Also, and this is important, nothing is ever resident on your hard drive. You never download anything unless you want to.
Can you talk about the development process; specifically, what kinds of issues came up?
Sure. One of the things we wrestled with is the notion of what it is people think about when they think about their financial and record-keeping lives. We decided, after a lot of research that there are 25 categories.
Now, you can create your own categories but we have decided that from a structural perspective there are 25, each of which has sub-categories. The sub-categories total 170 with over 1,150 suggested documents for each. The suggested documents for each sub-category are different.
This sounds like a fairly robust product.
This is not a minimally viable product. I encouraged scope-creep so it got bigger and bigger and bigger. The reason for that is I didn’t want to show up in meetings with big banks and institutions and have them say, “Great idea but we can build that ourselves.”
This is 15 people for a year-and-a-half. Millions of lines of code. This is robust. We want them to partner with us instead.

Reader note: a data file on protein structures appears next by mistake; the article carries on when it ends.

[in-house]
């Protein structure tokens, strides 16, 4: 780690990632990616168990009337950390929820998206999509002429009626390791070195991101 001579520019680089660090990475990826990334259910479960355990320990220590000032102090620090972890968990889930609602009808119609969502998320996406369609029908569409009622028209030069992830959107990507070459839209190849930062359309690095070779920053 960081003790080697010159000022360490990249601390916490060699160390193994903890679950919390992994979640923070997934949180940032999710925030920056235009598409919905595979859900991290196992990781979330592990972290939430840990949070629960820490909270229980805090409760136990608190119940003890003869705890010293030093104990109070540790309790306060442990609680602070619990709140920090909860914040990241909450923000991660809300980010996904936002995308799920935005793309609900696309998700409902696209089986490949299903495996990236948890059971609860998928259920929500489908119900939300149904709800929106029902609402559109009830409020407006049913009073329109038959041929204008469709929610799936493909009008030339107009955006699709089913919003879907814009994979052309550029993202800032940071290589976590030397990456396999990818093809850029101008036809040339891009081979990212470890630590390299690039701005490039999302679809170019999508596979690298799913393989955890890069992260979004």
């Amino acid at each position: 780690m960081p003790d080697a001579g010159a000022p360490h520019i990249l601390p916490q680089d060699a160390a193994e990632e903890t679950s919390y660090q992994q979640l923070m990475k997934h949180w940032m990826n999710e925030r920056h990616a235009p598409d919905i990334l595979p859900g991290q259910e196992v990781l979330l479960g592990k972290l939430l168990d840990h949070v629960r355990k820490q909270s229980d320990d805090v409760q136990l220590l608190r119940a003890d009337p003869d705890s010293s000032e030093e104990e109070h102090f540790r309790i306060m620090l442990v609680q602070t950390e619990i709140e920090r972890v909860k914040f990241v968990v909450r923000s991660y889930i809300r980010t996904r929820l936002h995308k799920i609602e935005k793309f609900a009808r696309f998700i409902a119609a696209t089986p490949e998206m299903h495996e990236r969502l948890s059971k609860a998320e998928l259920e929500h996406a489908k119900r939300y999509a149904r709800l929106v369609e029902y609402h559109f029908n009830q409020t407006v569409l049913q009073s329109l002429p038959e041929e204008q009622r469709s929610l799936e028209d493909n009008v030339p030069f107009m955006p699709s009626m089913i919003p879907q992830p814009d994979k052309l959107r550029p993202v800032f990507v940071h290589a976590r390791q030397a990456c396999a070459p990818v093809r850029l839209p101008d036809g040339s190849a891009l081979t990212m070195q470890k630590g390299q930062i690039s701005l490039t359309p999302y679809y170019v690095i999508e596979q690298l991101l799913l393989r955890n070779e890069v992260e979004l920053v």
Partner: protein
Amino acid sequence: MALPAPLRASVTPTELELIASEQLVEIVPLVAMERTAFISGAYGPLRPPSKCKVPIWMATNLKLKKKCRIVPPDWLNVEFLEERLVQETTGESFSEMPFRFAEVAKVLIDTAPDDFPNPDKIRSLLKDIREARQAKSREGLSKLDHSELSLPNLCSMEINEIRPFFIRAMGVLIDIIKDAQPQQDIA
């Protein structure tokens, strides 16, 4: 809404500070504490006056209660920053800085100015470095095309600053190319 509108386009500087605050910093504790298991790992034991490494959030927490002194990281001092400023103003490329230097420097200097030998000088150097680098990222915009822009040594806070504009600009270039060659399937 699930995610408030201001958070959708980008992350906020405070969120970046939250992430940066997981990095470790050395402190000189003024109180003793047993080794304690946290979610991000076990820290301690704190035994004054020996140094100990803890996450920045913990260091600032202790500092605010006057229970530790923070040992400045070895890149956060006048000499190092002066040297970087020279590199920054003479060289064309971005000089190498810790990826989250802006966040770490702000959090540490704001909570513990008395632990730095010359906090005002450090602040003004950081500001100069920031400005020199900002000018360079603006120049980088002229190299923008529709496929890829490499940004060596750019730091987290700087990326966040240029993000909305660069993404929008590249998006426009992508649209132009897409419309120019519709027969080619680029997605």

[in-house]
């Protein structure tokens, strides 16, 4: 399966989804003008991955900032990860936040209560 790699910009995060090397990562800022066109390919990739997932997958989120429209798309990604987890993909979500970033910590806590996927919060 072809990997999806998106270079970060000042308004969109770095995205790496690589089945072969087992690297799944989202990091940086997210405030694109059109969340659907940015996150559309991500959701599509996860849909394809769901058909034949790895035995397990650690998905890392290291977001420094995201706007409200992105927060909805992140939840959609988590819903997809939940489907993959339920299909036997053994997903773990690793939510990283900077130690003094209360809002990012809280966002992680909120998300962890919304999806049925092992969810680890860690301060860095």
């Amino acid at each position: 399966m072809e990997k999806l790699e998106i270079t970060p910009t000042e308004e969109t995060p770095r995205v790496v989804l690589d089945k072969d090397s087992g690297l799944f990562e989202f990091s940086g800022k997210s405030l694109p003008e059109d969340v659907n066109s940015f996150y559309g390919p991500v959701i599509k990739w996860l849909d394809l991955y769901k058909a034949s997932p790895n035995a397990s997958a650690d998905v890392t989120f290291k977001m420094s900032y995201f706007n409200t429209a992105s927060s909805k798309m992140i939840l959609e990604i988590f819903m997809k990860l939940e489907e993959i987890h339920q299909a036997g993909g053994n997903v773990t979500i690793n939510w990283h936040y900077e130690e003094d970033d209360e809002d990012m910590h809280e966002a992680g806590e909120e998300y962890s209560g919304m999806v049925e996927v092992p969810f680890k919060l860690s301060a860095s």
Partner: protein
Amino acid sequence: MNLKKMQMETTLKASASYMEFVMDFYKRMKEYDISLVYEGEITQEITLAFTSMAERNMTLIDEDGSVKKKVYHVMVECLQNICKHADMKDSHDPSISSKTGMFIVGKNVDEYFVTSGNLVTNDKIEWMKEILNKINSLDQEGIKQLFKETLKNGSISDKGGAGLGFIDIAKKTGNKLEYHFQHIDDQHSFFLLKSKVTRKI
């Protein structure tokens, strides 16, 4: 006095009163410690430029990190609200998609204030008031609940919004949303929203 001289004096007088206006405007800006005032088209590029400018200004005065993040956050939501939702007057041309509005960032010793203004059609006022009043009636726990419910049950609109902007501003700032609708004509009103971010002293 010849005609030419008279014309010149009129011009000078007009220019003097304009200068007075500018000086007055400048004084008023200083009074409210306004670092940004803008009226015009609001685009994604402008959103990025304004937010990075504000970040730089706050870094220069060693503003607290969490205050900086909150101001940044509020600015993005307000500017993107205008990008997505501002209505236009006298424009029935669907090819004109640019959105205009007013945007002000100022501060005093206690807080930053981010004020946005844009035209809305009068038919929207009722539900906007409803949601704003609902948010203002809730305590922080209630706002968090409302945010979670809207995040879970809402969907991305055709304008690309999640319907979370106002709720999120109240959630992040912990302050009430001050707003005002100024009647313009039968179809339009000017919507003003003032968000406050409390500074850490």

The ultimate challenge was, “Is this the right direction?” When you build something this robust, you want to make sure it’s right. This way we can tailor the product to the needs of the customer. Not everyone will want to include everything.
You have been involved in Symbility Solutions, Lionsgate Entertainment Corporation, Engagement Labs and now FutureVault to name just a few. Is there a common thread there?
Yes. I love trying to predict the future. I think that’s the common thread. For example, my wife and I recently attended a board dinner during International Film Festival week about the time of the premiere of Deepwater Horizon, which was produced by Lionsgate. I had a brief chat with Mark Wahlberg, the star of the movie. It’s a very powerful film. I cried. My wife cried.
The reason I bring that up is because I was a strong proponent of the notion that content was going to be king. That wasn’t always the case. Years ago it was all about the “pipe.”
Is there anything besides foresight that’s important in your estimation?
Yes. Timing. There have been three times in my life when I thought I got it right and was going to have the tiger by the tail.
The first was the brokerage firm, Yorkton Securities. The second was JumpTV, now NeuLion, which delivers video to connected devices. The technology was right but our timing was too early. It has become a profitable company so everything we said was true. Just too early.
The third time was this one, FutureVault. I’ve said our timing is impeccable. You can have the greatest idea and accurately predict the future. If you’re too early though, it’ll blow your brains out. Of course if you’re too late, forget it. You’ll never ever catch up. This time my gut tells me our timing is right on the money.
This article is exclusive to Nasdaq.com.